Thereafter, Colianni filed a notice of appeal to this court, but we subsequently issued an opinion “reluctantly conclud[ing]” that we lacked jurisdiction to review the magistrate judge’s order because Colianni’s appeal had been filed prior to the entry of final judgment. (App.80). Colianni subsequently filed this timely notice of appeal.
II. Standard of Review and Jurisdiction
The decision to impose sanctions is a matter generally entrusted to the discretion of the district court. Bowers v. The Nat’l Collegiate Athletic Assoc, 475 F.3d 524, 538
(3d Cir. 2007). Thus, we
review a decision to impose sanctions for abuse of discretion. Id. (citing Newman v. GHS Osteopathic, Inc., 60 F.3d 153, 156 (3d Cir. 1995)). Although this standard of review is deferential, a court abuses its discretion in imposing sanctions when it “base[s] its ruling on an erroneous view of the law or on a clearly erroneous assessment of the evidence.” Id.; see also Cooter Gell v. Hartmarx Corp., 496 U.S. 384, 405, 110 S.Ct. 2447, 110 L.Ed.2d 359 (1990). When the procedure the court uses to impose sanctions raises due process issues of fair notice and the right to be heard, the standard of review is plenary Martin v. Brown, 63 F.3d 1252, 1262 (3d Cir. 1995).
Adams originally filed this suit in the District Court of the Virgin Islands, which had jurisdiction over this case pursuant to 28 U.S.C. § 1332 because the amount in controversy exceeded $75,000 and the parties are completely diverse. We therefore have jurisdiction over this appeal pursuant to 28 U.S.C. § 1291.
III. Discussion A. Standing
The government first contends that Colianni has no standing to appeal because he did not suffer an imminent injury that can be redressed by a favorable appellate decision. Specifically, the government argues that Colianni does not have a cognizable injury because the challenged order did not formally “sanction” or reprimand him.
As in all cases, we must first address the issue of standing because “[i]f plaintiffs do not possess Article III standing, both the District Court and this Court lack subject matter jurisdiction to address the merits of plaintiffs case.”ACLU-NJ v. Township of Wall, 246 F.3d 258, 261 (3d Cir. 2001) (citing Worth v. Seldin, 422 U.S. 490, 498, 95 S.Ct. 2197, 45 L.Ed.2d 343 (1975)). Standing is the “irreducible constitutional minimum” necessary to make a justiciable “case or controversy” under Article III, Section 2 Lujan v. Defenders of Wildlife, 504 U.S. 555, 560, 112 S.Ct. 2130, 119 L.Ed.2d 351 (1992). A plaintiffs “interests” satisfy Article III when the following three elements are present:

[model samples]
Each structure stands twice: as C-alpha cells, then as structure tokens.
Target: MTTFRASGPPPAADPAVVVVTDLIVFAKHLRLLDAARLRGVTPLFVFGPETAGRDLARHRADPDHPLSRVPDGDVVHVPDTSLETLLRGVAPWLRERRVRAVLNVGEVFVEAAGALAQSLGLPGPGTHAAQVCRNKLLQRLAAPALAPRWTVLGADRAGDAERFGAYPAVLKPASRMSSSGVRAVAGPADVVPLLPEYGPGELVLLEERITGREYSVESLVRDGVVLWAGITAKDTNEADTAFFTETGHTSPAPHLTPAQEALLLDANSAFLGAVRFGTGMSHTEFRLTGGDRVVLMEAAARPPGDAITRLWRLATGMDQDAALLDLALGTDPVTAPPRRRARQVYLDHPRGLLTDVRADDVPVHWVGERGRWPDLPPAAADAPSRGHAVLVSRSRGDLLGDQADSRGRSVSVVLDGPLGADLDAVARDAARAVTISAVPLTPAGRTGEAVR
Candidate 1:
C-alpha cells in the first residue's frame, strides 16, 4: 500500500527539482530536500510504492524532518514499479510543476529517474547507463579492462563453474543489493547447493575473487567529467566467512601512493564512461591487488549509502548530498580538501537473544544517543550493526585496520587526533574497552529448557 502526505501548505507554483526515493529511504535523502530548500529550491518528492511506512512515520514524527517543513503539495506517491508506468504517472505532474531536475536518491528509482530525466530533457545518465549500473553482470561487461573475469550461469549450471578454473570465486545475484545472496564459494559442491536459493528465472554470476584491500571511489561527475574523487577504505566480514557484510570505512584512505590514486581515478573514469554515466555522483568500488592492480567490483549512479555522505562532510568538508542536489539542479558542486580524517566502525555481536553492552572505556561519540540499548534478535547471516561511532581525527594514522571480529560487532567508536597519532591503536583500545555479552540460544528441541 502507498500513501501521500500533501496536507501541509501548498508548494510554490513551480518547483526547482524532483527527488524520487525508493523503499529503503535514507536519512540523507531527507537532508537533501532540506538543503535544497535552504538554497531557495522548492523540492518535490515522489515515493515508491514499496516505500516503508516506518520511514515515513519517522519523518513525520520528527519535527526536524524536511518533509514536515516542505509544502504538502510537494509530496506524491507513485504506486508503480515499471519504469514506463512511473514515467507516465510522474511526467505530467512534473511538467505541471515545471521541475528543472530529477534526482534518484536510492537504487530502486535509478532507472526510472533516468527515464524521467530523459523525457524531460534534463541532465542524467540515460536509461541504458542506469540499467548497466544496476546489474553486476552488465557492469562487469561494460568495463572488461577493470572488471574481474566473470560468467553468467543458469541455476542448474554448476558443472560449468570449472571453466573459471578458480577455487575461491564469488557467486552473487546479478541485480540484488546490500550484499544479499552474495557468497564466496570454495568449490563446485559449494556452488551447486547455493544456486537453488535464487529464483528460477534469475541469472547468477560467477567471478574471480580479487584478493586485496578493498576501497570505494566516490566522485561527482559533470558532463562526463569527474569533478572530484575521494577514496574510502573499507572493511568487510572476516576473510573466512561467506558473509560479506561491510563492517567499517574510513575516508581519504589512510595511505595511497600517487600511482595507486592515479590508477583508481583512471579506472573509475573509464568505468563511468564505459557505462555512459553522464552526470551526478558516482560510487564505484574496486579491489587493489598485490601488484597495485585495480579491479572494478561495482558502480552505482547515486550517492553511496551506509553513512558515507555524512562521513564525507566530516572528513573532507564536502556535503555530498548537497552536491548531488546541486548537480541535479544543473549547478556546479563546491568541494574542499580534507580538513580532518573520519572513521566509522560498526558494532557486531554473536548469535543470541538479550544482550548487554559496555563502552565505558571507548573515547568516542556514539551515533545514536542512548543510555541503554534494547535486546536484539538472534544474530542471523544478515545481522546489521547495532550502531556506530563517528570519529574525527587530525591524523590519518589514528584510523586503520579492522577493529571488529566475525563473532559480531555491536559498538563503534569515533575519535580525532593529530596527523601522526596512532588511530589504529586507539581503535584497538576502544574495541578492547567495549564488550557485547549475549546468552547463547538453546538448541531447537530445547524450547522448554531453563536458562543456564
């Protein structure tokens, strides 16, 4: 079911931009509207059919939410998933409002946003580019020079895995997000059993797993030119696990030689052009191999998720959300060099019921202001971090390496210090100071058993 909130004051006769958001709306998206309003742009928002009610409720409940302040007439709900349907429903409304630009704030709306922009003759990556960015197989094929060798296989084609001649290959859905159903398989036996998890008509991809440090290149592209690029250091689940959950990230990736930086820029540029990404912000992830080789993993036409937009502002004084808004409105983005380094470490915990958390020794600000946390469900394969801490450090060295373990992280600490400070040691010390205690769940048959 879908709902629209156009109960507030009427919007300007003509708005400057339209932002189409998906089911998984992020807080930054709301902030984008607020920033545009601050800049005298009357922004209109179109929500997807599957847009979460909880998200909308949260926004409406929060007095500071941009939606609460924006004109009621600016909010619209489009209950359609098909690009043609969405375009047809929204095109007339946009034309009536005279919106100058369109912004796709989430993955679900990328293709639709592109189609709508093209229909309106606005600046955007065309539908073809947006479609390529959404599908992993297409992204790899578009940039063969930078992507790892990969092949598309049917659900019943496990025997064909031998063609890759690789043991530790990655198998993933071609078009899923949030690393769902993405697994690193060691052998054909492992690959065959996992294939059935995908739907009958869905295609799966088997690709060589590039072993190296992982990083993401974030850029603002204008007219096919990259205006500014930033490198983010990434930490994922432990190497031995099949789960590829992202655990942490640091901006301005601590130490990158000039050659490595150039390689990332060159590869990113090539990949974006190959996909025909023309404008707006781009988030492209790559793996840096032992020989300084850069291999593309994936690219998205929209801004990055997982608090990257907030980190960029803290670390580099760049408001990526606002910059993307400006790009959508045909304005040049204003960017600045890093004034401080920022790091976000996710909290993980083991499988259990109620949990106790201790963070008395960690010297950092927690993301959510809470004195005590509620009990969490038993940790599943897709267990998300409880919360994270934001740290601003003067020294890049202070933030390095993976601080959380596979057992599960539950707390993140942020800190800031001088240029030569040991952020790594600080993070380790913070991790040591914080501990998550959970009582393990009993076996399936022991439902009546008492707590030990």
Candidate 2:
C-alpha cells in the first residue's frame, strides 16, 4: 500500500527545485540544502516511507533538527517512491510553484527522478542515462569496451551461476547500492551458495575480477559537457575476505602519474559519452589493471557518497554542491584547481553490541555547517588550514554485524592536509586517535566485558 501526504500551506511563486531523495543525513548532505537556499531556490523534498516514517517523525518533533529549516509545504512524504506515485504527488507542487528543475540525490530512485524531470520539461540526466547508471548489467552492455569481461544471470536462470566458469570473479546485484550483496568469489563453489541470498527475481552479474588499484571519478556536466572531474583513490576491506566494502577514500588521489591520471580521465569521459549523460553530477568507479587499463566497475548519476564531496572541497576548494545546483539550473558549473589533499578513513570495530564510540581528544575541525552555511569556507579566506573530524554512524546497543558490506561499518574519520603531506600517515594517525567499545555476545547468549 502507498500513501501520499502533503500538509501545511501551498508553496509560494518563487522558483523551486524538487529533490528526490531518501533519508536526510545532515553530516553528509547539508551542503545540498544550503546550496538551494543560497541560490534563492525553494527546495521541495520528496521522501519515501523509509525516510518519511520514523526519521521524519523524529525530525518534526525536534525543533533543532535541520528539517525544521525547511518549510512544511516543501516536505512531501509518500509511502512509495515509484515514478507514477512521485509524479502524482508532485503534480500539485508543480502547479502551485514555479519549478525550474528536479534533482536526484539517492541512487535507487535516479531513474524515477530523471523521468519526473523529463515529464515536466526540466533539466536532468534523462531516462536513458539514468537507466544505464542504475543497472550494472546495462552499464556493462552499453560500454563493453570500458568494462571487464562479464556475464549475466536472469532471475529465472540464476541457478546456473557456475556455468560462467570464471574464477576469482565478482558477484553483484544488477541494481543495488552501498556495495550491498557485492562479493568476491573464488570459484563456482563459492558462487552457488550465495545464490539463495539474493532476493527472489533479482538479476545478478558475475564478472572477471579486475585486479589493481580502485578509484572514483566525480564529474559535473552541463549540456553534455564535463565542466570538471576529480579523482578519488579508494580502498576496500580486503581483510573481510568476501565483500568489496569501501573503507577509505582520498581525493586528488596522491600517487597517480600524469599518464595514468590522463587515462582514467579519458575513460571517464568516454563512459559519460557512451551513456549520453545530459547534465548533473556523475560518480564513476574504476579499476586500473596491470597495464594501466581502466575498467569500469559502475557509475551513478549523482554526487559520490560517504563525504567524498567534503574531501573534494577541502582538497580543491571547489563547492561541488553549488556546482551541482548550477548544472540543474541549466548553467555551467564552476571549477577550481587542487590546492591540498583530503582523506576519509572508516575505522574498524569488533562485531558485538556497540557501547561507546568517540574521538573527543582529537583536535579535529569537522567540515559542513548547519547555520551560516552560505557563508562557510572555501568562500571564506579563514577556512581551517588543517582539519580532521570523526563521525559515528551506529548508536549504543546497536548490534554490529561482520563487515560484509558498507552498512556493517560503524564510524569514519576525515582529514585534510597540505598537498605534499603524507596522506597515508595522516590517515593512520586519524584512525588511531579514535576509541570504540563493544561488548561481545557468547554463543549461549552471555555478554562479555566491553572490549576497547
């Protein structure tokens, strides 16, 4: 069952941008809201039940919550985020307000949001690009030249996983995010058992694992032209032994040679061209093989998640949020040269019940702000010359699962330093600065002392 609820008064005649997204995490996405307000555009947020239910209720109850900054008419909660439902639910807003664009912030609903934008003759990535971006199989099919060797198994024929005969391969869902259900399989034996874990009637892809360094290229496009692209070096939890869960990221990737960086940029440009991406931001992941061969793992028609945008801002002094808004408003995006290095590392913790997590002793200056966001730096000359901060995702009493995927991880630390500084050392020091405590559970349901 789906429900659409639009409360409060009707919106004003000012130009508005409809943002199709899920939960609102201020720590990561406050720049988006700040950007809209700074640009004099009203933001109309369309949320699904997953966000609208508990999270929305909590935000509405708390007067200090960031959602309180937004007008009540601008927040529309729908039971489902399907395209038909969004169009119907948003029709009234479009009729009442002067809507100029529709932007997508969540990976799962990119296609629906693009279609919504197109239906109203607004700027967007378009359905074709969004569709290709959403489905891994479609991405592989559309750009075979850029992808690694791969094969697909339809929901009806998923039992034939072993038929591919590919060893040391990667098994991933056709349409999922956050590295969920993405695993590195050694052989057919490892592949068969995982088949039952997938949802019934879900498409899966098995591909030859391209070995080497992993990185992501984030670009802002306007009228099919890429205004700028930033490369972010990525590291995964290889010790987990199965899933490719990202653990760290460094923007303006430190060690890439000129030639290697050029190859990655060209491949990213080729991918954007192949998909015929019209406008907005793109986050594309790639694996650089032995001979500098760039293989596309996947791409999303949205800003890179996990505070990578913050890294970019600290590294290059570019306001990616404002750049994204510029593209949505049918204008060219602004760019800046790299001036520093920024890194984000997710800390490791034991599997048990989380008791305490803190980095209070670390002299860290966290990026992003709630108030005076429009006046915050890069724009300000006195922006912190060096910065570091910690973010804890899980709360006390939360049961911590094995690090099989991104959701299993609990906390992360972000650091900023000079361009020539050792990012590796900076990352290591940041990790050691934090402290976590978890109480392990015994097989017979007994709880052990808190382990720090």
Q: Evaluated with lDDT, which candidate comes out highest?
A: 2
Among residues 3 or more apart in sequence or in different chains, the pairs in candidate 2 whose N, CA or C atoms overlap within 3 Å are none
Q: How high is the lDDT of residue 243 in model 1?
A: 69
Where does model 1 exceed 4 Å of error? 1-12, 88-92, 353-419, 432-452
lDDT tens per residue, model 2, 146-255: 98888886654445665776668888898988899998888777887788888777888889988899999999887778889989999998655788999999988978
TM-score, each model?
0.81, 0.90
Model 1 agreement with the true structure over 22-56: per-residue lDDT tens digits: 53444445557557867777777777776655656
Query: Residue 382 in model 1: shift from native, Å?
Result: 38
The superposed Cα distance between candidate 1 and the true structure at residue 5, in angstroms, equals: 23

[First], the plaintiff must have suffered an injury in fact — an invasion of a legally protected interest which is (a) concrete and particularized, and (b) actual or imminent, not conjectural or hypothetical. [Second], there must be a causal connection between the injury and the conduct complained of — the injury has to be fairly traceable to the challenged action of the defendant, and not the result of the independent action of some third party not before the court. [Third], it must be likely, as opposed to merely speculative, that the injury will be redressed by a favorable decision.
Trump Hotels Casino Resorts, Inc. v. Mirage Resorts Inc., 140 F.3d 478, 484-85 (3d Cir. 1998) (citin Lujan, 504 U.S. at 560-61, 112 S.Ct. 2130).
We have previously highlighted the disagreement among the courts of appeals about whether a court’s statement in a judicial opinion constitutes “a legally sufficient injury to support appellate jurisdiction.” See Bowers, 475 F.3d at 543 (internal citations omitted). Most courts agree that mere judicial criticism of an attorney’s conduct is insufficient to constitute a sanction which would support standing. See, e.g., United States v. Talao, 222 F.3d 1133, 1138 (9th Cir. 2000); Williams v. United States, 156 F.3d 86, 90 (1st Cir. 1998); Bolte v. Home Ins. Co., 744 F.2d 572, 573 (7th Cir. 1984). On the other hand, courts nearly uniformly have held that an order rising to the level of a public reprimand qualifies as a sufficient sanction See Bank of Nova Scotia v. United States,
487 U.S. 250, 263, 108 S.Ct. 2369, 101 L.Ed.2d 228 (1988) Talao, 222 F.3d at 1138 (equating formal finding with public reprimand and sanction); Williams, 156 F.3d at 92 (“Words alone may suffice [as sanctions] if they are expressly identified as a reprimand.”); see also
Fed.R.Civ.P. 11(c)(4) (providing that sanctions may consist of “nonmonetary directives”). Indeed, only the Court of Appeals for the Seventh Circuit has held that a public reprimand is not appealable unless it is accompanied by a monetary sanction Clark Equip. Co. v. Lift Parts Mg. Co., Inc., 972 F.2d 817, 820 (7th Cir. 1992) (“[W]e have already decided that an attorney may not appeal from an order that finds misconduct but does not result in monetary liability, despite the potential reputational effects.”).